Some countries’ inflation targets are based on growth rates for the full CPI (headline inflation), whereas other countries’ targets are based on more narrowly defined measures of consumer prices (core inflation).16

Issues: Should the focus be only on the price statistics on which the country’s inflation targeting is based? Should both full-CPI and core-inflation measures be published in IFS?

Inflation Forecasting

The inflation forecasting models used by the six countries differ with respect to econometric technique and the variables included.

Issues: Looking ahead, what additional data might be included in the specification of the forecasting models or for the fine-tuning of the inflation forecasts?

Surveys of the Public’s Expectations of Inflation

Some of the countries’ inflation-targeting frameworks make use of surveys of market expectations about future inflation. In addition to their usefulness in inflation forecasting and monitoring, such data provide a potentially important indicator of the credibility of an inflation-targeting regime. At the outset of inflation targeting, significant differences may exist between the authorities’ inflation forecasts and the public’s perceptions about expected inflation. As official inflation targets are met over time, the gain in credibility should be reflected in a convergence of official inflation forecasts and the forecasts embodied in the surveys of market expectation, particularly if the public has timely access to the official forecasts and views them as reliable.

Issues: Would further work on surveys of market expectations be useful? Would it be useful to study the practices (sample size and stratification, periodicity, questionnaire design, and so forth) used in conducting such surveys?

Interest Rates

Inflation targeting involves a shift in emphasis from quantity data (for example, money and credit aggregates) to price data, as well as modifications in the analytical use of both quantity and price data. In addition to the direct use of data on the prices of commodities and non-financial services (for example, CPI data), inflation targeting may spawn new uses for data on the prices of credit—that is, interest rates. Under inflation targeting, an interbank interest rate (overnight or otherwise short-term) retains its traditional role as an indicator for calibrating the monetary policy actions. Interest rates also play a role in inflation forecasting—as explanatory variables in econometric forecasting models and possibly in the direct analysis of expected inflation as embedded in the term structure of interest rates.

Issues: Would additional data series on interest rates (including, possibly, forward rates) be potentially useful for inflation forecasting? Which interest rate series should be reported to the IMF and which series should be published in IFS17or other IMF publications? Should the published data include yield series for short-, medium-, and long-term government securities18to provide the data user with data for at least three points along the yield curve? Should data on forward rates be reported to the IMF?

Appendix 16.1:Exchange Rate Regimes and Anchors of Monetary Policy as of December 31, 2001
Monetary Policy Framework
Exchange Rate

Regime

(number of

countries)
Exchange rate anchor01,02Monetary

aggregate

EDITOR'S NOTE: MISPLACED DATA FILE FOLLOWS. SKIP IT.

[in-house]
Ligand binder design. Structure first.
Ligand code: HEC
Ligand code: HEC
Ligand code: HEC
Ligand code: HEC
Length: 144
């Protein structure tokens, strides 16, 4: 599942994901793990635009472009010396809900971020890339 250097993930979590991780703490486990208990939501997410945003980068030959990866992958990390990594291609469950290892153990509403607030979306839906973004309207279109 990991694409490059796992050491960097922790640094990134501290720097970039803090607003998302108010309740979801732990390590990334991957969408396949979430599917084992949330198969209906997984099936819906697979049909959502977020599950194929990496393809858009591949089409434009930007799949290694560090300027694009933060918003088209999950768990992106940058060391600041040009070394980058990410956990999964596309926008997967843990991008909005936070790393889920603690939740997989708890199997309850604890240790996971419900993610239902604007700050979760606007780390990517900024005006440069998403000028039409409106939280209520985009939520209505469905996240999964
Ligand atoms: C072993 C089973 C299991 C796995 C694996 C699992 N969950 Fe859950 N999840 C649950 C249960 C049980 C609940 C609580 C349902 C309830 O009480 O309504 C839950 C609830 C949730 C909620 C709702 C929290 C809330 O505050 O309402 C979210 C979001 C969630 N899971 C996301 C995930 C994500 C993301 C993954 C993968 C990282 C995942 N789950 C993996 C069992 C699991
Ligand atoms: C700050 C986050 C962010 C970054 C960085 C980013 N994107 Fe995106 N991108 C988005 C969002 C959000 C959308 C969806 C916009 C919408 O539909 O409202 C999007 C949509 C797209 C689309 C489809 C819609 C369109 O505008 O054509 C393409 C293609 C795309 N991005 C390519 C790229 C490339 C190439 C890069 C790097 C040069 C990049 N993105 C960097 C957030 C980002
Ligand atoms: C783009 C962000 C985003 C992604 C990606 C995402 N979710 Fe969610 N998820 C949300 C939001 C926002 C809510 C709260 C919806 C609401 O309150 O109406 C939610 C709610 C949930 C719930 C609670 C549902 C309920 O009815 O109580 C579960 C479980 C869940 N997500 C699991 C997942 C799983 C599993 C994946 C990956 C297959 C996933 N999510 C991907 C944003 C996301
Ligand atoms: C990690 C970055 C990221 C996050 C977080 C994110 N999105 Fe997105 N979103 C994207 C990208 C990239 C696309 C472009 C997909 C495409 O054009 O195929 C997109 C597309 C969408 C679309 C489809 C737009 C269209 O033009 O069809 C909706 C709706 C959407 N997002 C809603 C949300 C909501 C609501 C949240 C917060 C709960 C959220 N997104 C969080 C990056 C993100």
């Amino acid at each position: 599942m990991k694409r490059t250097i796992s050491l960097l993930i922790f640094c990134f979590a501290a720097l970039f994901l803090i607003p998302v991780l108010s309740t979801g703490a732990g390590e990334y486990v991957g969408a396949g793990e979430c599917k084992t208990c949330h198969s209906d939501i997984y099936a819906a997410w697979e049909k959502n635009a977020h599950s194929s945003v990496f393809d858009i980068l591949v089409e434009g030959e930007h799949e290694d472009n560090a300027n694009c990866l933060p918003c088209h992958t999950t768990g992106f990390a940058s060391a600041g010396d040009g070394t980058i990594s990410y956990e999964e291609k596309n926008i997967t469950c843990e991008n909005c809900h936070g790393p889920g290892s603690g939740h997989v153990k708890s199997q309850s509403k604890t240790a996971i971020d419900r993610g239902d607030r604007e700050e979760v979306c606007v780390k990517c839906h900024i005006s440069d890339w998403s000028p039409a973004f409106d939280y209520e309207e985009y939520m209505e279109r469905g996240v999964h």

target
Inflation-

targeting

framework
IMF-supported or

other monetary

program
Other
Exchange arrangements with no separate legal tender (40)Another currency as legal tenderCFA Franc ZoneEuro Area06,07
ECCU03WAEMU04CAEMC05Austria
EcuadortAntigua & BarbudaBenintCameroon†Belgium
El Salvador08DominicaBurkina Faso†C. Afr. Rep.†Finland
KiribatiGrenadaCôte d’lvoire†Chad†France
Marshall Isl.St. Kitts & NevisGuinea Bissau†Congo, Rep.ofGermany
MicronesiaSt. LuciaMali†Eq. GuineaGreece
PalauSt. Vincent & theNiger†Gabon†Ireland
PanamaGrenadinesSenegal†Italy
San MarinoTogo†Luxembourg
Netherlands
Portugal
Spain
Currency board arrangements (8)Argentina†
Bosnia and Herzegovina†
Brunei Darussalam
Bulgaria†
China: Hong Kong SAR
Djibouti†
Estonia†
Lithuania†
Other conventional fixed-peg arrangements (including de facto peg arrangements under managed floating) (40)Against a single currency (30)Against a composite (10)
ArubaBotswana09China, People’s
Bahamas, The01FijiRep. of*10
BahrainKuwait
BangladeshLatvia†
BarbadosLibyan A.J.
BelizeMalta
BhutanMorocco
Cape VerdeSamoa
China, People’s Rep. of*10Seychelles
Comoros11Vanuatu
Iran, I.R. of09,10
Jordan†10
Lebanon10
Lesotho†
Macedonia. FYR†10
Malaysia
Maldives10
Namibia
Nepal
Netherlands Antilles
Oman
Qatar10,12
Saudi Arabia10,12
Sudan10
Suriname09,10
Swaziland
Syrian Arab Republic09
Turkmenistan10
United Arab Emirates10,12
Zimbabwe10
Pegged exchange rates within horizontal bands (5)13Within a cooperative arrangement ERM II (1)14
Other band arrangements (4)Hungary*
DenmarkCyprus
Egypt09
Hungary*
Tonga
Crawling pegs (4)Bolivia†
Costa Rica10
Nicaragua†
Solomon Islands10
Exchange rates within crawling bands (6)15BelarusRomania†10Israel*
Honduras†Uruguay†
Israel*Venezuela, Rep. Bolivariana de
Managed floating with no pre-announced path for exchange rate (42)Ghana†Thailand†AzerbaijanAlgeria06
Guinea†Cambodia09Angola06
Guyana†CroatiaBurundi06
Indonesia†EthiopiaDomin. Rep06,09
Jamaica†IraqEritrea06
MauritiusKazakhstanGuatemala*
Sâo Tomé & Príncipe†KenyaIndia06
Kyrgyz RepublicMyanmar06,09,10
SloveniaLao, PDR09Paraguay06
Sri Lanka†MauritaniaSingapore06
TunisiaNigeriaSlovak Rep.06
PakistanUzbekistan06,09
Russian Federation
Rwanda
Trinidad & Tobago
Ukraine
Vietnam
Yugoslavia
Zambia
Independently floating (41)Gambia, The†AustraliaAlbaniaAfghanistan09,10
Malawi†Brazil17ArmeniaHaiti06